Having to agree or disagree shows your stand which you have to choose. It depends on the question actually. If the question asks you either to agree or disagree, you have to choose one. If the question only asks you to discuss or give your opinion, you can have both sides, positive and negative. The question for above introduction might be ' Abuse of drugs is dangerous, do you agree or disagree?' which leads to the thesis statement above.

There is another way to write thesis statement. While the example that I give here is an explicit thesis statement which lays out the point that will be discussed, an implicit thesis statement is the opposite of that. I will not explain much about implicit thesis statement as usually explicit thesis statement is the one which is preferred.

In a way, for you to have a good and clear introduction, you must know how to combine hooks and thesis statement. Hope this helps, please comment if you have any questions or suggestions.

Thursday, 28 April 2011

Overcome Your Fear Of Public Speaking

Standing in front of an audience is already a daunting task, let alone to stand and talk in front of them simultaneously, in English. Giving a structured speech to a group of people who are well aware of the fact that you are going to talk requires a lot more than guts and will. It needs preparation and flexibility, too.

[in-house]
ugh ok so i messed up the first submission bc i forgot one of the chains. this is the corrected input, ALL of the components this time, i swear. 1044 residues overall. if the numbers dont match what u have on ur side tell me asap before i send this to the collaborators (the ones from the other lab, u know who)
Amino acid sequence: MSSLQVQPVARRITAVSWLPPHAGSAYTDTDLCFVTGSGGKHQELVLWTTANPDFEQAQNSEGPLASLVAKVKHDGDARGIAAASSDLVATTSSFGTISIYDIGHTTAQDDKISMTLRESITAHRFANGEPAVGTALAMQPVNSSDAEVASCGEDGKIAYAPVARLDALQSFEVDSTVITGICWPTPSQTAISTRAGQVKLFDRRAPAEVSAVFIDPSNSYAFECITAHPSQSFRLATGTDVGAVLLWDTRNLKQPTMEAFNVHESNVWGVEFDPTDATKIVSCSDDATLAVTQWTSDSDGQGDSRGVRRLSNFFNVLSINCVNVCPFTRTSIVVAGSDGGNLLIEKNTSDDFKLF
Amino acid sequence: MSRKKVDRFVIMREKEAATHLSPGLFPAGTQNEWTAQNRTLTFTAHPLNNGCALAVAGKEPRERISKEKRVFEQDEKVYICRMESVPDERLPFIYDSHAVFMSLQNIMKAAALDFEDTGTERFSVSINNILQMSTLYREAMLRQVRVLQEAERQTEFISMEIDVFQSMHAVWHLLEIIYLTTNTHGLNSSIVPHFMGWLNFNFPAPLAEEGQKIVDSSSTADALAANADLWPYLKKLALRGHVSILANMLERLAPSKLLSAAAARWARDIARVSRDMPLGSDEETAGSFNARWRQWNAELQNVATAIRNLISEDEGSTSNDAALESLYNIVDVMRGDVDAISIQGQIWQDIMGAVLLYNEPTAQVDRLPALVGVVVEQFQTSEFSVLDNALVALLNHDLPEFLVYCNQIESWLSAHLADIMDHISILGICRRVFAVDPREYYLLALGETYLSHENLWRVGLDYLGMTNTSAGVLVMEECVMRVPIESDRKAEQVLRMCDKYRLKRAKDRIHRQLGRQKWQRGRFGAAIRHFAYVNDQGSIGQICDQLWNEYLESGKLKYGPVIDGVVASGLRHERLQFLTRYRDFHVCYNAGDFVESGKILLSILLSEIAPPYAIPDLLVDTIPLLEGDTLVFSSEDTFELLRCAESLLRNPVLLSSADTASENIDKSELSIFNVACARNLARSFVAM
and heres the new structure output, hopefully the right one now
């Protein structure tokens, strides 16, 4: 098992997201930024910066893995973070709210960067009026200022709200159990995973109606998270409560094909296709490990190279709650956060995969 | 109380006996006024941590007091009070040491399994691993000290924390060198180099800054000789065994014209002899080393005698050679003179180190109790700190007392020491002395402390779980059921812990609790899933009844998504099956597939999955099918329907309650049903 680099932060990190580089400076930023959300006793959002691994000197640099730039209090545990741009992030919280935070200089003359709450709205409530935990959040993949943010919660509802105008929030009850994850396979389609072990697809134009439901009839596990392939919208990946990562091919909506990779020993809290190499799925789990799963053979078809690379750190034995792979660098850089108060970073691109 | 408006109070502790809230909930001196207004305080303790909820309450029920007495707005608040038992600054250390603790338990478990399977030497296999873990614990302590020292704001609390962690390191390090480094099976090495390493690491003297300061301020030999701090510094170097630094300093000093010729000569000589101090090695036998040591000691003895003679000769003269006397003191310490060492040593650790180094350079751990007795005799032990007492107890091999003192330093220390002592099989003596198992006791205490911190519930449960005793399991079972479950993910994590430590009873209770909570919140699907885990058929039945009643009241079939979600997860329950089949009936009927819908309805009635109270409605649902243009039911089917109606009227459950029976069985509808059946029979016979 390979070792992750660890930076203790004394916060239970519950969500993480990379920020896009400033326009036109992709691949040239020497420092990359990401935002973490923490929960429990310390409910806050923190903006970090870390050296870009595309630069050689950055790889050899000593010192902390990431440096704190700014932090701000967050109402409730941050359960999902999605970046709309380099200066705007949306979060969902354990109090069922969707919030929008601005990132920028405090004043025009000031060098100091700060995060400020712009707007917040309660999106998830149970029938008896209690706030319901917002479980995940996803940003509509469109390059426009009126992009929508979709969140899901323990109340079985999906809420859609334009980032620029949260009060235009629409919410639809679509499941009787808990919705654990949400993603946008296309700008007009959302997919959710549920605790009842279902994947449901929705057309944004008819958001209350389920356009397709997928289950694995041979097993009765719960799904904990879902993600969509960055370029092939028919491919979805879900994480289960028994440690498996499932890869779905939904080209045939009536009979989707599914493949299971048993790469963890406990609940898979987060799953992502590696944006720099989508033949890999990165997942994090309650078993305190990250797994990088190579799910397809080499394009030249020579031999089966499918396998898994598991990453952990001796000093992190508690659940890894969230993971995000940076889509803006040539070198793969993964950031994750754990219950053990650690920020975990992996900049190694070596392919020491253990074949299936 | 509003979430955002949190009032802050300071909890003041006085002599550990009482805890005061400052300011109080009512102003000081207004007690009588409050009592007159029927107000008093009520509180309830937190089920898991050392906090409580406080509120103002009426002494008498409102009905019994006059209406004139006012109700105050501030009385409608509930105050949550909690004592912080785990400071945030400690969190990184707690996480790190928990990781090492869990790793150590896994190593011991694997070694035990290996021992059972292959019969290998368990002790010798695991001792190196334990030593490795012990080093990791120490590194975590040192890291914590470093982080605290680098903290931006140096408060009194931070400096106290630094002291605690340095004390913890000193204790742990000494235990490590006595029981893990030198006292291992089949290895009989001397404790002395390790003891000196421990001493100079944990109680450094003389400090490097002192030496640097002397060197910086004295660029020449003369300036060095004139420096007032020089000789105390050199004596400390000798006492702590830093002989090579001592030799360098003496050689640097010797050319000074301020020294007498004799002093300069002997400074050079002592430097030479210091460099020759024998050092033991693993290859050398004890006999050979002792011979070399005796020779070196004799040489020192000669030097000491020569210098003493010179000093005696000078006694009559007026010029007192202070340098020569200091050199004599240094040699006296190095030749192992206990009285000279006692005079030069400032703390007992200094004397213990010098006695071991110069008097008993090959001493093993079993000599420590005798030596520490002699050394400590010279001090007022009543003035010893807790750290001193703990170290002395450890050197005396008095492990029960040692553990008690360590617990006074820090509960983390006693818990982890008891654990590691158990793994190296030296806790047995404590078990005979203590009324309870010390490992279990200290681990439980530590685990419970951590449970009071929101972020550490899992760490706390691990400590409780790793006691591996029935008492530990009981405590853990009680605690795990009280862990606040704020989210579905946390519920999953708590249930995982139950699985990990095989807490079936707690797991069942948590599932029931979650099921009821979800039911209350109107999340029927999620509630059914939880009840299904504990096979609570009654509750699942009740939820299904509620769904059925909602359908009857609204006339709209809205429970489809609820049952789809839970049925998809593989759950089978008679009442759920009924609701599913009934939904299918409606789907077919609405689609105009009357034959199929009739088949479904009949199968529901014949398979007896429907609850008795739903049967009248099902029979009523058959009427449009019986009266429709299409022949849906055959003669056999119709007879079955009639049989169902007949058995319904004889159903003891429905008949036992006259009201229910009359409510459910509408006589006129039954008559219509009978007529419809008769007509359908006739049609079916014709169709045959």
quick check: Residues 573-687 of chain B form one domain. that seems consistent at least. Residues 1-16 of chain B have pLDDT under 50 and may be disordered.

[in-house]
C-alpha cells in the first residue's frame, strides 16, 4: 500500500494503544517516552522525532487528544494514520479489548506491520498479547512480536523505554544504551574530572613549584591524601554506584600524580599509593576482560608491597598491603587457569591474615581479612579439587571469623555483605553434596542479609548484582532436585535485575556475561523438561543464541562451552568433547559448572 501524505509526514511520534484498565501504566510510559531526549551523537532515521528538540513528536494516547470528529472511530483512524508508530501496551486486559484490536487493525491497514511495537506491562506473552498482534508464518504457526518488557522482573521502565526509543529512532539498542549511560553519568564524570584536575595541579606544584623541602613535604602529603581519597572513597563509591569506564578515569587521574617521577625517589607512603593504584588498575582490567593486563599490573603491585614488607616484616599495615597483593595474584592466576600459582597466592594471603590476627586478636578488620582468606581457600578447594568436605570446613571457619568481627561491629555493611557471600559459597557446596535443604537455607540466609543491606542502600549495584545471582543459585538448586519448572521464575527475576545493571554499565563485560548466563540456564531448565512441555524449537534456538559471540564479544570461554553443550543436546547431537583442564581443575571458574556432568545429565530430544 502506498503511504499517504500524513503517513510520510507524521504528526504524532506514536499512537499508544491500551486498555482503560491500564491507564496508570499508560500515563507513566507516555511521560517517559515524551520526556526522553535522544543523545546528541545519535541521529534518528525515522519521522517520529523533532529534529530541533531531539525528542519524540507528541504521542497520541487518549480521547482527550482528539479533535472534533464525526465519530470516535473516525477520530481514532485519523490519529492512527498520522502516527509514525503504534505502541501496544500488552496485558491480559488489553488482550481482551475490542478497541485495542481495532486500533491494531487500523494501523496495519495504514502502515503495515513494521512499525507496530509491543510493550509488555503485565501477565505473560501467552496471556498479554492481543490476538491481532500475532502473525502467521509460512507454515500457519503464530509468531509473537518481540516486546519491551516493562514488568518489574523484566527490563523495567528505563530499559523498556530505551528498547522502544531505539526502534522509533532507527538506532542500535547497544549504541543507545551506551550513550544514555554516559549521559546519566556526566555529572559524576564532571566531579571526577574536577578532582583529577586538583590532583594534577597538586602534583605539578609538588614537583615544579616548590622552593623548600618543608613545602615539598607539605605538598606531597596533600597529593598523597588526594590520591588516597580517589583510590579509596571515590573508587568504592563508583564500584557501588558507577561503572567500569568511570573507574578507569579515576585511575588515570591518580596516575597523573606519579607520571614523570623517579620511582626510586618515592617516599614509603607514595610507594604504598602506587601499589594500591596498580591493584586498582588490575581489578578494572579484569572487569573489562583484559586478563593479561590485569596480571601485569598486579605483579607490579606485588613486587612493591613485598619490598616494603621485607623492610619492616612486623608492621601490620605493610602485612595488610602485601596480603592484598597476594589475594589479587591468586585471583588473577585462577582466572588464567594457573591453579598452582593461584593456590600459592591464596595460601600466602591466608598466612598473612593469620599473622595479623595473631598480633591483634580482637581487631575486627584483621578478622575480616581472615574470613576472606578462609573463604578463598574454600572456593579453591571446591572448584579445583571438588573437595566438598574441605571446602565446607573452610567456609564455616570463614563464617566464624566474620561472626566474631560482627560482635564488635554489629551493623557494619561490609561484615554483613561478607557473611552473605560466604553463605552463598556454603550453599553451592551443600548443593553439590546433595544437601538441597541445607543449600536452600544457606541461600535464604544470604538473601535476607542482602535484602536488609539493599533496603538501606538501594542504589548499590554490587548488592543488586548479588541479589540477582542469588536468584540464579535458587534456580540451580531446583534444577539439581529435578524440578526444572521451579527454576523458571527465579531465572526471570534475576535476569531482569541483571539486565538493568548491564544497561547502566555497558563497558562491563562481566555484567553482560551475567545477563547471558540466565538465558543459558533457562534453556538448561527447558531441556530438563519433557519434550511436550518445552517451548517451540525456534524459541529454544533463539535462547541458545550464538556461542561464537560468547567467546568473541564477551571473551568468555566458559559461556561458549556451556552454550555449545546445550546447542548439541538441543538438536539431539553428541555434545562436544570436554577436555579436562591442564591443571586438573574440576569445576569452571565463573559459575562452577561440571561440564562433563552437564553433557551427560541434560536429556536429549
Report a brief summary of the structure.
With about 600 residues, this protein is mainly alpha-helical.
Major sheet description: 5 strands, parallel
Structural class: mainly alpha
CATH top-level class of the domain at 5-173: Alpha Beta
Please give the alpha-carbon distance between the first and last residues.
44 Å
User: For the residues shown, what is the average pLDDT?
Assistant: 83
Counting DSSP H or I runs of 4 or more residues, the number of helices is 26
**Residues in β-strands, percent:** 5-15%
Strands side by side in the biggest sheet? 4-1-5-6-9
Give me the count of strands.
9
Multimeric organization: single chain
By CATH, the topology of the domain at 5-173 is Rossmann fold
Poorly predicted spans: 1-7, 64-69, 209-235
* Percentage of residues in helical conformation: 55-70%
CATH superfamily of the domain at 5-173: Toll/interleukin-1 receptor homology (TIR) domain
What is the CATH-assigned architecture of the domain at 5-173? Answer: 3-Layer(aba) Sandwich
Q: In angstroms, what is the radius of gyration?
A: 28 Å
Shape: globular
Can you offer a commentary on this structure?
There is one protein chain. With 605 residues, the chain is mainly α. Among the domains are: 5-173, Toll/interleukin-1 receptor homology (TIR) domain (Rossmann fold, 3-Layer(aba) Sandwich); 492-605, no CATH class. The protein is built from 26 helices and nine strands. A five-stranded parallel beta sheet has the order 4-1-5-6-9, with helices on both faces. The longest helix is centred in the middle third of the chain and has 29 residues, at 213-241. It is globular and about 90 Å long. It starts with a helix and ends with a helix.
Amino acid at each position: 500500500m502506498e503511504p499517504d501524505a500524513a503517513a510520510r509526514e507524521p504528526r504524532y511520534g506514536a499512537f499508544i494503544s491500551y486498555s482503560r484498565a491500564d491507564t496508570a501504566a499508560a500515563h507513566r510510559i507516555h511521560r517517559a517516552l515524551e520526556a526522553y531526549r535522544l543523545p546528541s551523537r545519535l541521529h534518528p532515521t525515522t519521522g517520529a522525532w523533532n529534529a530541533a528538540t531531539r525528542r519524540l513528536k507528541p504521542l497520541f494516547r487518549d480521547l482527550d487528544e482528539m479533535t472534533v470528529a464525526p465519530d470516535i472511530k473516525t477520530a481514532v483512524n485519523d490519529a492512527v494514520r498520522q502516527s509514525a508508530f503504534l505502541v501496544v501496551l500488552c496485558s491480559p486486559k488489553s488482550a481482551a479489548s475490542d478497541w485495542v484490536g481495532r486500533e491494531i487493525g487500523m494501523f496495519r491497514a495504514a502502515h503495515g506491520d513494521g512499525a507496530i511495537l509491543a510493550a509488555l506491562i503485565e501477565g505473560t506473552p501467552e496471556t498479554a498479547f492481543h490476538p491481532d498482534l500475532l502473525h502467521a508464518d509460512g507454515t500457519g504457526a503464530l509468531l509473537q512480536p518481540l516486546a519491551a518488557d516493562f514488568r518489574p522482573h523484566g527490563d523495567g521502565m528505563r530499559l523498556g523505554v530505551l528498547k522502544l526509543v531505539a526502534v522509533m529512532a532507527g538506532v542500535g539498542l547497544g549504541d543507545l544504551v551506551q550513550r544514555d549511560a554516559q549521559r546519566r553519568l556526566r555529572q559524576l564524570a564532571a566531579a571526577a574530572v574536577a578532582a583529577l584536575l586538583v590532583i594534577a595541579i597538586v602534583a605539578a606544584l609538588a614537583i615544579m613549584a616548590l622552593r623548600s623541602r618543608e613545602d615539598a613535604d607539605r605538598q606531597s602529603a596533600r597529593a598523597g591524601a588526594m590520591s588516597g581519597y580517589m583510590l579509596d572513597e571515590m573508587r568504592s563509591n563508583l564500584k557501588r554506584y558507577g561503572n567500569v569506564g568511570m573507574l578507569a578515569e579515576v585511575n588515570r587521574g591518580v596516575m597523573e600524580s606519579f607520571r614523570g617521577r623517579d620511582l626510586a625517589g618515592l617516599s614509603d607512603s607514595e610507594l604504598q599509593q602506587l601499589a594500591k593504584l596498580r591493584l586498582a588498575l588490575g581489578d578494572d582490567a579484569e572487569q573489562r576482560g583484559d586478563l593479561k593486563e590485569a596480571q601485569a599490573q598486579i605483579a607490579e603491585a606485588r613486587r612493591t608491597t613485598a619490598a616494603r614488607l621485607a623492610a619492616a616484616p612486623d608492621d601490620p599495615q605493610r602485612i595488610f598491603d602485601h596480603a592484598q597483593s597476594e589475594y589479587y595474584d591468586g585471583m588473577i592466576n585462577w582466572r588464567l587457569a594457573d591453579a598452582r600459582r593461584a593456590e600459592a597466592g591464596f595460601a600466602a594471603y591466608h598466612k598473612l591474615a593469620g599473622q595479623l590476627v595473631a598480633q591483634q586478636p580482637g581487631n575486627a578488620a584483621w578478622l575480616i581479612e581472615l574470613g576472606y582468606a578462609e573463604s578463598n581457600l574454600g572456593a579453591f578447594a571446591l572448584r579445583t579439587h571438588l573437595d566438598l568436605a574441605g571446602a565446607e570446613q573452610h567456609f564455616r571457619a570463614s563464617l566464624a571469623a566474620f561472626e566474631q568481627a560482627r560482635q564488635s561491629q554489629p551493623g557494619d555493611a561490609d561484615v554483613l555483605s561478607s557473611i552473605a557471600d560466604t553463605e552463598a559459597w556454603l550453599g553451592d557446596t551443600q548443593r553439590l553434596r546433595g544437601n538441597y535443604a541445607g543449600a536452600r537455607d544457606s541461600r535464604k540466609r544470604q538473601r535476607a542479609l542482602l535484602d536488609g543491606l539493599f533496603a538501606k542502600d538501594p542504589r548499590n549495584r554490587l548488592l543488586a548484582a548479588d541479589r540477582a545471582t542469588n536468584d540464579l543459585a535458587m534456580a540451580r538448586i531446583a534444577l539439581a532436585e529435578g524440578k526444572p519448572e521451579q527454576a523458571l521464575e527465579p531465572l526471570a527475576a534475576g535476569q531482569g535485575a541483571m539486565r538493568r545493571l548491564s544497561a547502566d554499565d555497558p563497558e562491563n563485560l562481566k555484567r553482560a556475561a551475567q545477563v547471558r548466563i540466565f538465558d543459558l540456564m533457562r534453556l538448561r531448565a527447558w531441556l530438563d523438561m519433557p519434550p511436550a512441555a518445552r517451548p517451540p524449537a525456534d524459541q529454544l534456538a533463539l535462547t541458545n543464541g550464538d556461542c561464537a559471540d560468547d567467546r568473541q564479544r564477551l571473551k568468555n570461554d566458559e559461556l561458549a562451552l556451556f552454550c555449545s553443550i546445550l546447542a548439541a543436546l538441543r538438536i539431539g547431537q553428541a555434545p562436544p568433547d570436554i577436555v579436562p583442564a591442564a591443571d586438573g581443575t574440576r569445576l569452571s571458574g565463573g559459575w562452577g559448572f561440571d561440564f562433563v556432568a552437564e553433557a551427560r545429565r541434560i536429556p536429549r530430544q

Based on several publications I have managed to read, here I compile and list down 10 famous steps (out of so many) that I believe can and will help you overcome the fear of speaking in public.

1. Prepare your points!

No matter how good you are in terms of talking, you will need to prepare your speech. Get your points right, have some facts to support them and make sure you know everything there is to know about the topic, backwards and forwards.

2. Practice!

Practice the speech and visualize the style of it. Imagine the response you will get from the audience and determine how you are going to handle it. Train yourself to be flexible. Don't forget to check and re-check your grammar!

3. Be there early!

Come early and get the mood right. Check the room and its size so you can tell how loud you should or shouldn't be. Get on the stage and move around it. Make sure you feel comfortable there.

4. Look confident and be confident!

Bring forth your self-confidence. If you think you are not confident enough, then take your time to have it. Do not rush as your confidence will slowly grow by time.

5. Make eye contact!

It is never a good oral presentation if there is no eye contact involved. Look at your audience!

6. Choose a target!

If eye contact makes you feel threatened in some ways, choose a target. Find someone among the crowd who presents you with warmth and positiveness, look at him or her and gradually put your eyes on everyone else. Repeat the steps.